Sunday, August 28, 2011
Sermon for Sunday, August 28, 2011 Exodus 3:1-15, Matt 16:21-38 “Take Up Your Cross”
Doug and I were sitting in a restaurant in Ashville last Tuesday, enjoying a late lunch after visiting the Biltmore Estate. Suddenly the phone rang – it was our daughter Allie, calling from New Haven, Ct. She sounded a bit overwrought, but then she usually does.
“Are you at home? Are you okay?”
“No, we’re in Asheville. We’re fine. What’s this about?”
“Haven’t you heard about the earthquake?”
“The one in Virginia. We felt it up here in New Haven!”
“Well, we didn’t feel it here.”
“Is the cat okay? The house?”
“I don’t know. We’ll check into it and get back to you.”
Then we began to check our smartphones, sending texts and emails to friends in Richmond, trying to find out more about this earthquake and hoping that it had caused no harm to the church or the parishioners or other friends. And the phone began ringing with calls from relatives further afield, asking if we were okay.
When something extraordinary happens, we try to make sense of it using the tools at our disposal, don’t we? Smartphones, the internet, television or radio…we use what we can to figure out what’s going on. And those tools may give us some information that is helpful, but our response to them is what really matters.
For Doug and me, it was reassuring those who called us that all was well, once we had talked to or exchanged emails with our key contacts back home. And then our task was to accept that there was nothing we could do, and nothing that really needed attention, and so I said a brief prayer to myself and turned back to enjoying the vacation that we had waited for.
The same feeling of “what’s happening and how should I respond to it?” bubbled up again when it became clear that Hurricane Irene was headed this way. I found myself thinking about the impact of the storm on our services today, and on the folks we would be hosting from Caritas. I wondered what would happen if the church lost power and if our guests would be frightened. I knew, though, that our team of Caritas coordinators, led by Paul Jones, would manage it well. I just hoped the bathrooms would work and the windows would keep out the rain. In the moment, I knew there was little I could do except pray that all would be well.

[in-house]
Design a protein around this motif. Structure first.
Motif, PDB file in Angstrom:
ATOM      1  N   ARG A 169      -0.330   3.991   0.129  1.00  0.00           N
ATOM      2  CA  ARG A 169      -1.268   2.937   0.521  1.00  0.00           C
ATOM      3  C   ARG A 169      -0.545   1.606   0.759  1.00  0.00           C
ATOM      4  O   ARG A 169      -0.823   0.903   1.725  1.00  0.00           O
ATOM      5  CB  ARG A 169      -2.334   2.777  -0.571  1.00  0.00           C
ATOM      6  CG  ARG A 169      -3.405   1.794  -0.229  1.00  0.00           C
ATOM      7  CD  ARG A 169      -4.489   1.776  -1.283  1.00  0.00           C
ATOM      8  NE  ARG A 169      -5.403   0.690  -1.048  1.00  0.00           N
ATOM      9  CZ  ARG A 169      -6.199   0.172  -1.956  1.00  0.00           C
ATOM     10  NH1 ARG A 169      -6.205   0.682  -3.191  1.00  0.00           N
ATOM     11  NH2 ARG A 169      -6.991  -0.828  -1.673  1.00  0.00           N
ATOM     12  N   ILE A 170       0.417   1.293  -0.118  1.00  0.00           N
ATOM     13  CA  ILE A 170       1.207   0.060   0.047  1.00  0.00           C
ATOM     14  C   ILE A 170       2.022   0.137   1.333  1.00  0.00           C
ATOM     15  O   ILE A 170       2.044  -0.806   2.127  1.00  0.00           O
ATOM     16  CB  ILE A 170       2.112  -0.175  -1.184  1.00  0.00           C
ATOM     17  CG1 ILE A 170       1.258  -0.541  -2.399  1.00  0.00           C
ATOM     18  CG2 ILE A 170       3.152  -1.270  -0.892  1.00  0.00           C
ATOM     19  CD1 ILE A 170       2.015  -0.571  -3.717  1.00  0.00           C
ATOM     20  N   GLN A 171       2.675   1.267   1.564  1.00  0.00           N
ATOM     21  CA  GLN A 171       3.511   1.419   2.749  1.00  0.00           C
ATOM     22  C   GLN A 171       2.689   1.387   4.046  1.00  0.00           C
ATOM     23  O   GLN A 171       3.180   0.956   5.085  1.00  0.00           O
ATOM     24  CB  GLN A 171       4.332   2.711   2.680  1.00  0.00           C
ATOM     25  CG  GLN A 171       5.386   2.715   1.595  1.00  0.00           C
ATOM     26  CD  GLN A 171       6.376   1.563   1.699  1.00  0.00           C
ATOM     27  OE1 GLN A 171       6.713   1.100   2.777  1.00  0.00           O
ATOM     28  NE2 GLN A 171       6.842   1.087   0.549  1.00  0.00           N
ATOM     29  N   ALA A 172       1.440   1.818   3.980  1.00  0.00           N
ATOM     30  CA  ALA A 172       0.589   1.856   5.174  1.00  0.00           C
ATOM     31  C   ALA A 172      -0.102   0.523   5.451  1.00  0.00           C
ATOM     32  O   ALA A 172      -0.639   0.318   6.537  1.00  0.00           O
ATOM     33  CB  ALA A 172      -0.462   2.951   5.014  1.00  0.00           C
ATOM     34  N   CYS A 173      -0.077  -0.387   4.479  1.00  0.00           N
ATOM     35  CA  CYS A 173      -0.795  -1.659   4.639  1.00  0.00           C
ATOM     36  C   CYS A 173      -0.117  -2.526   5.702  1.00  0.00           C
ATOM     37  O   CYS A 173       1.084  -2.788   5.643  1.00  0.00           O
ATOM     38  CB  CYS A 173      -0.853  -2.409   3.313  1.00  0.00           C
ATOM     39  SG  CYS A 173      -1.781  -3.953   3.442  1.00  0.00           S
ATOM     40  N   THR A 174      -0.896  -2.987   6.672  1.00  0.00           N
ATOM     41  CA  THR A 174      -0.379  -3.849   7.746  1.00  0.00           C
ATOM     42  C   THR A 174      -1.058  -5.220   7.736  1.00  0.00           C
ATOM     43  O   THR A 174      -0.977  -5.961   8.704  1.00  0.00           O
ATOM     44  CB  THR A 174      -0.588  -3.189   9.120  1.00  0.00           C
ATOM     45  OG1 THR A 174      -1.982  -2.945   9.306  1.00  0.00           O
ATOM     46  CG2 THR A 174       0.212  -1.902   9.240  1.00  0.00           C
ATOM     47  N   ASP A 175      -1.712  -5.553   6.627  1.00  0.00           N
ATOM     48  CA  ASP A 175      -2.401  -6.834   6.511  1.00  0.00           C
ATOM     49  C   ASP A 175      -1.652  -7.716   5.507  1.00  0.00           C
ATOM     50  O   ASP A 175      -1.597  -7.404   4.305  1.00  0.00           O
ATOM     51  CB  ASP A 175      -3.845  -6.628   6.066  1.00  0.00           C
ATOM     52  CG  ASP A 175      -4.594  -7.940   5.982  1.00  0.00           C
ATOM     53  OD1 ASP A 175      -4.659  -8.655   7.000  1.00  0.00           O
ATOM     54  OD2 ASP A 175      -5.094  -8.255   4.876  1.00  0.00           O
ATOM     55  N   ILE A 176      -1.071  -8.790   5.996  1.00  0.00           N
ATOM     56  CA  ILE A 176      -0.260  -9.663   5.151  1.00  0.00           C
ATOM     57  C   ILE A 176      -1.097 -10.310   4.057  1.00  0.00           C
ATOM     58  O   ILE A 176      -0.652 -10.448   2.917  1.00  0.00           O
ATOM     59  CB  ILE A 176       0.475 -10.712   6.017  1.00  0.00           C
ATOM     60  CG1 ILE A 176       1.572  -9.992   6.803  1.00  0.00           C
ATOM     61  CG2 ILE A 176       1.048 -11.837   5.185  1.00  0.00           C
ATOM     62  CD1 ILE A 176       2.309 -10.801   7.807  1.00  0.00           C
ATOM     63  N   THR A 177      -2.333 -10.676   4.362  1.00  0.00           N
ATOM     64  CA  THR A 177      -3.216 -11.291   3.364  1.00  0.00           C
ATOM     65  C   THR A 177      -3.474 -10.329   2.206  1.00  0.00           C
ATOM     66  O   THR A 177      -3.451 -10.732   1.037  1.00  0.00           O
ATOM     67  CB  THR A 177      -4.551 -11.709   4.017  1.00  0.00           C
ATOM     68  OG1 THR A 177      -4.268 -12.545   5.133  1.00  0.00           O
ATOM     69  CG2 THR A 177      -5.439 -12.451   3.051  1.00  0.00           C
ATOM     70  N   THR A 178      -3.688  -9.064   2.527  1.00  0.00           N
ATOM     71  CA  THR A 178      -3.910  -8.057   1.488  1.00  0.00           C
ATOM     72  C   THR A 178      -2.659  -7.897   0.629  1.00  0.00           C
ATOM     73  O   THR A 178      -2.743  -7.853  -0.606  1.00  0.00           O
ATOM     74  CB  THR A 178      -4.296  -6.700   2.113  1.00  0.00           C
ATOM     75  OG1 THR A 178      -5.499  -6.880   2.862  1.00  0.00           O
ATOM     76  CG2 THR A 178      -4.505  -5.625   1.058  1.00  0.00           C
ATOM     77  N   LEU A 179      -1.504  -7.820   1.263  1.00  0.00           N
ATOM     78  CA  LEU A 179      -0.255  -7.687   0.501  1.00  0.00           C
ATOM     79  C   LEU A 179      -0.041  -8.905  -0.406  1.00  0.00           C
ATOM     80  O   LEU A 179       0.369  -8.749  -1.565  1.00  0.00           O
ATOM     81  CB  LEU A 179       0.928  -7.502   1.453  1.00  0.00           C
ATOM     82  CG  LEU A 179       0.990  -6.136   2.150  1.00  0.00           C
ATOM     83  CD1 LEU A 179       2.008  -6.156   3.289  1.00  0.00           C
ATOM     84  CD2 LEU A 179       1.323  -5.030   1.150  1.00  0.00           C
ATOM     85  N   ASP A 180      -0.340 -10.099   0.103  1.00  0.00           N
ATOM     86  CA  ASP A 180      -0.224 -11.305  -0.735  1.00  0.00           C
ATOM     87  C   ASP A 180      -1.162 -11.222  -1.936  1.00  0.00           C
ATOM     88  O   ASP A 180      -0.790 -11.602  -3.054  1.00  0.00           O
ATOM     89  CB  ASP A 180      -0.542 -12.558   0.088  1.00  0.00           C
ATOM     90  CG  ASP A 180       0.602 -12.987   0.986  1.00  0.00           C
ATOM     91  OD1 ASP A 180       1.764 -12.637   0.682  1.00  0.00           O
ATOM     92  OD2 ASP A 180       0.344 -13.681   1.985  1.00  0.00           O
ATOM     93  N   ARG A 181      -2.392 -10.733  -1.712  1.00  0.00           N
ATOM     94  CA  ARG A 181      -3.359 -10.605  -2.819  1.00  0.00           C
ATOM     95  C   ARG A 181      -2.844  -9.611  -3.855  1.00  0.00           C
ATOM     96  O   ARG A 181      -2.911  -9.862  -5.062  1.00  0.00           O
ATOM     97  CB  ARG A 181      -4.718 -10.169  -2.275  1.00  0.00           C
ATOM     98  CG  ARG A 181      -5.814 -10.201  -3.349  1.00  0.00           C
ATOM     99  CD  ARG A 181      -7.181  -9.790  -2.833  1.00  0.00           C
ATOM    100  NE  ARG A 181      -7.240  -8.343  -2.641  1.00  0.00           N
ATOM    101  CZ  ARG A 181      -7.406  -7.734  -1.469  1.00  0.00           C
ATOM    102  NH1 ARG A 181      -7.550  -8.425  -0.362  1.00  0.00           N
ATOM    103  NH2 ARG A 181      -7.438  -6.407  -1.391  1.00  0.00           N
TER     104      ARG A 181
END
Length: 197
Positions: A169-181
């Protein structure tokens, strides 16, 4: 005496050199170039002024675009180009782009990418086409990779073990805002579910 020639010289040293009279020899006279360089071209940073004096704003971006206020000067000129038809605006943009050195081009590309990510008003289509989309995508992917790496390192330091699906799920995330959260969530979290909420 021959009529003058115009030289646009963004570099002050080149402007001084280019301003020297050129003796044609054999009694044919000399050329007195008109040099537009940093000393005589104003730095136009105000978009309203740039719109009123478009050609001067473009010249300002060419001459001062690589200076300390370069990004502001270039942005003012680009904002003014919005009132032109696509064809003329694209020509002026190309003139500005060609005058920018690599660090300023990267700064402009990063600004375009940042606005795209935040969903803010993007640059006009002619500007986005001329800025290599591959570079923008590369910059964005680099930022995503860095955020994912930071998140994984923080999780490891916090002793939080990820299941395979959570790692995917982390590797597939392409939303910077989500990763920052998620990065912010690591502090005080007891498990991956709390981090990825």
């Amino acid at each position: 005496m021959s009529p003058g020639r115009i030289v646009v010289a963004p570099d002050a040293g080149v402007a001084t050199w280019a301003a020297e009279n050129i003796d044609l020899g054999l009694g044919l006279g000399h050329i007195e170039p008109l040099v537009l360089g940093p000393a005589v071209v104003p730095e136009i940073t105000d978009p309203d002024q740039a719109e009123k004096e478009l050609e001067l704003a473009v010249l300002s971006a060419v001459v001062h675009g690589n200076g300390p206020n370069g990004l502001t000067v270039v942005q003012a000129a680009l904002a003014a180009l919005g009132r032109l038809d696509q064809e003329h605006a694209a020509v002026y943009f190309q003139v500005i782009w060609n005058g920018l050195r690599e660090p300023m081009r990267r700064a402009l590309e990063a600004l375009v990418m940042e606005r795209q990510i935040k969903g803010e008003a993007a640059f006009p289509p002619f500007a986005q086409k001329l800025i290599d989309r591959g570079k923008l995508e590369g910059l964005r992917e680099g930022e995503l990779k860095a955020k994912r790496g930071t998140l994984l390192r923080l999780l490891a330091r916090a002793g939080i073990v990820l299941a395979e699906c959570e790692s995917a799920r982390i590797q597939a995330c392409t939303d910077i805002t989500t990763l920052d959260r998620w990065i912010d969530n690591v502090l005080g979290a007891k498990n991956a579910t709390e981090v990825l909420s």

But it’s hard in the midst of something strange or extraordinary or dangerous to simply say, “okay, this is happening…I’ll do what I can and then just leave it in God’s hands.”
This is the problem that faces both Moses and Peter in today’s scripture readings.
They are going along, doing what they think they’re supposed to be doing and – BAM – something shocks them off course. For Moses, it is an encounter on a hillside while he is herding his father-in-law’s sheep. There’s a burning bush, a talking bush. Now Moses may have thought he’d been out with the sheep too long, or that the sun was getting to him, but the bush kept talking to him…and he realized that this was the voice of God speaking to him. It was pretty weird. Bushes don’t normally burn without being consumed, and they certainly don’t talk. So he used the tools he had at his disposal, asking questions, to try and make sense of what was going on.
“Okay, God, thanks for telling me you care about all us sorrowful Israelites under the thumb of Egypt. Thanks for telling me you’re going to help us. But I know these folks, and the first question they’re going to ask is, ‘who is this God with whom you spoke?’”
And God says, “well, you can’t really understand my name…it’s a bit more complicated than Fred or Marco…just say my name is I AM.”
Oh yes, that really helps.
So God gives him some further information, instructions about what will happen. But Moses is no dummy. He knows how his people will react to this news, so he says “what if they don’t believe me?” And the God named I AM gives him some further tools to help the people believe the message.